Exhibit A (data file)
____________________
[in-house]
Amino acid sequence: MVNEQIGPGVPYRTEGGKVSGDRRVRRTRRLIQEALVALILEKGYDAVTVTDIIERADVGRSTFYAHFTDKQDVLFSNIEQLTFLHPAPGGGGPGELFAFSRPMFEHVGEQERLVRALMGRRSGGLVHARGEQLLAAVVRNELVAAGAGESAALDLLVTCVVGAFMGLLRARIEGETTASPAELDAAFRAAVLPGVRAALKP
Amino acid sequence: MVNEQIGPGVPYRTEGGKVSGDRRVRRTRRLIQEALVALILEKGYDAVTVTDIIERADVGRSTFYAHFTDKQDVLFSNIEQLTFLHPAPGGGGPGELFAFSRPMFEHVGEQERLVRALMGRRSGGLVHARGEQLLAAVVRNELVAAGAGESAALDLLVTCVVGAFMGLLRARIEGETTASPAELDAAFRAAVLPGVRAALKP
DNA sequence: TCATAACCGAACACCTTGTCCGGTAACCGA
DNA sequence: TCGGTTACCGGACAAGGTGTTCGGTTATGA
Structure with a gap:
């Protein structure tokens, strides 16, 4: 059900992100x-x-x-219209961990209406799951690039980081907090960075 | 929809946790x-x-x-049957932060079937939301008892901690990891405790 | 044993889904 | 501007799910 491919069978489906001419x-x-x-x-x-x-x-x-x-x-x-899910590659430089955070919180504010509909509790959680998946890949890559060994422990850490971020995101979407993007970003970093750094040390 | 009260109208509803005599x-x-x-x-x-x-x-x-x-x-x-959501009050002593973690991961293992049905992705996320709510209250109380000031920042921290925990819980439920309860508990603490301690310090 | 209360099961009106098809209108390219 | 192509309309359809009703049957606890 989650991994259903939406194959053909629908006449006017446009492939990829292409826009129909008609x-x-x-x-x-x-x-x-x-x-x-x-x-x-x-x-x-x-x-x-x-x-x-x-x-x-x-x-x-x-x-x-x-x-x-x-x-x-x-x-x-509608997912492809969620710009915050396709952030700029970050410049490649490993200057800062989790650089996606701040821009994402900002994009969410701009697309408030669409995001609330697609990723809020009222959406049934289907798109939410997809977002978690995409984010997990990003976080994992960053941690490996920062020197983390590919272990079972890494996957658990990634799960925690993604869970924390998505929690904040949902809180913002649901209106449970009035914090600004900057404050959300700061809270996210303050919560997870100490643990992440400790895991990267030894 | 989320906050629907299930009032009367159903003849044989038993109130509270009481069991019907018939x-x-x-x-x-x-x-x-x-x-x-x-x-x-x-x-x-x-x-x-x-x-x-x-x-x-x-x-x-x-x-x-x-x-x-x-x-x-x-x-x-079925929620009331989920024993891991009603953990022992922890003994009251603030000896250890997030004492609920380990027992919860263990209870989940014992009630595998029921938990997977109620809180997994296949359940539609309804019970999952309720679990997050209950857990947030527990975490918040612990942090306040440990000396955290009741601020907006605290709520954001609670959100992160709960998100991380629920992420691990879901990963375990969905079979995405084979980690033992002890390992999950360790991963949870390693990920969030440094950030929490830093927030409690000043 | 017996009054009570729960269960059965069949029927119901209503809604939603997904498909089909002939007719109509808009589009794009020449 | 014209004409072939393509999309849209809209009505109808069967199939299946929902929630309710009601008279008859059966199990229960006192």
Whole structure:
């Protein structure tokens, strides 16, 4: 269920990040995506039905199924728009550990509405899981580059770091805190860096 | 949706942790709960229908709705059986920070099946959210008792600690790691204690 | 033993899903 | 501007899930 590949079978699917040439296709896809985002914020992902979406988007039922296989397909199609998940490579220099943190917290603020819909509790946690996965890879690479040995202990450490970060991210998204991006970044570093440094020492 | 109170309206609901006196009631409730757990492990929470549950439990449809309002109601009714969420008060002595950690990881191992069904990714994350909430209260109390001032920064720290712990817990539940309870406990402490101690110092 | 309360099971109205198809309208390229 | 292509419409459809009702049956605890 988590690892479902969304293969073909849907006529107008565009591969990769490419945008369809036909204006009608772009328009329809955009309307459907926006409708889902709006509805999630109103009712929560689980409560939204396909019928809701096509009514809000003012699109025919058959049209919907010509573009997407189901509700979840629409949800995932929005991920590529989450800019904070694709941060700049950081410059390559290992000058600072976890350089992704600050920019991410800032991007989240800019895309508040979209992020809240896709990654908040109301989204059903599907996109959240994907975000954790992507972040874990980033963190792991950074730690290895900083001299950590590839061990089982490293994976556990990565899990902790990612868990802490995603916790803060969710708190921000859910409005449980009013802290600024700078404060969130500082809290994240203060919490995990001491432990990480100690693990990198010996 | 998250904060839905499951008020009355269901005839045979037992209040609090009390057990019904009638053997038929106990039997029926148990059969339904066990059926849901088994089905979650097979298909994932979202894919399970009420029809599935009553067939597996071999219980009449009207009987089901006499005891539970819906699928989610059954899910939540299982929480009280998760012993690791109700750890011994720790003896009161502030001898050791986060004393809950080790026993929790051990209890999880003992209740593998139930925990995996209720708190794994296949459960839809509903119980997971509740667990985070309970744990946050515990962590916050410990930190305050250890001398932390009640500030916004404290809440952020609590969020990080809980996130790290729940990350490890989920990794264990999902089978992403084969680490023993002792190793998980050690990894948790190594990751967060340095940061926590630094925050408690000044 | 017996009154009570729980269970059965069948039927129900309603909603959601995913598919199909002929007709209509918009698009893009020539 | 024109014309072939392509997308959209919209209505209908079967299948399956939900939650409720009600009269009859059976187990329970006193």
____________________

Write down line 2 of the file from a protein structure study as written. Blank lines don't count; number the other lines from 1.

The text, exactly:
Amino acid sequence: MVNEQIGPGVPYRTEGGKVSGDRRVRRTRRLIQEALVALILEKGYDAVTVTDIIERADVGRSTFYAHFTDKQDVLFSNIEQLTFLHPAPGGGGPGELFAFSRPMFEHVGEQERLVRALMGRRSGGLVHARGEQLLAAVVRNELVAAGAGESAALDLLVTCVVGAFMGLLRARIEGETTASPAELDAAFRAAVLPGVRAALKP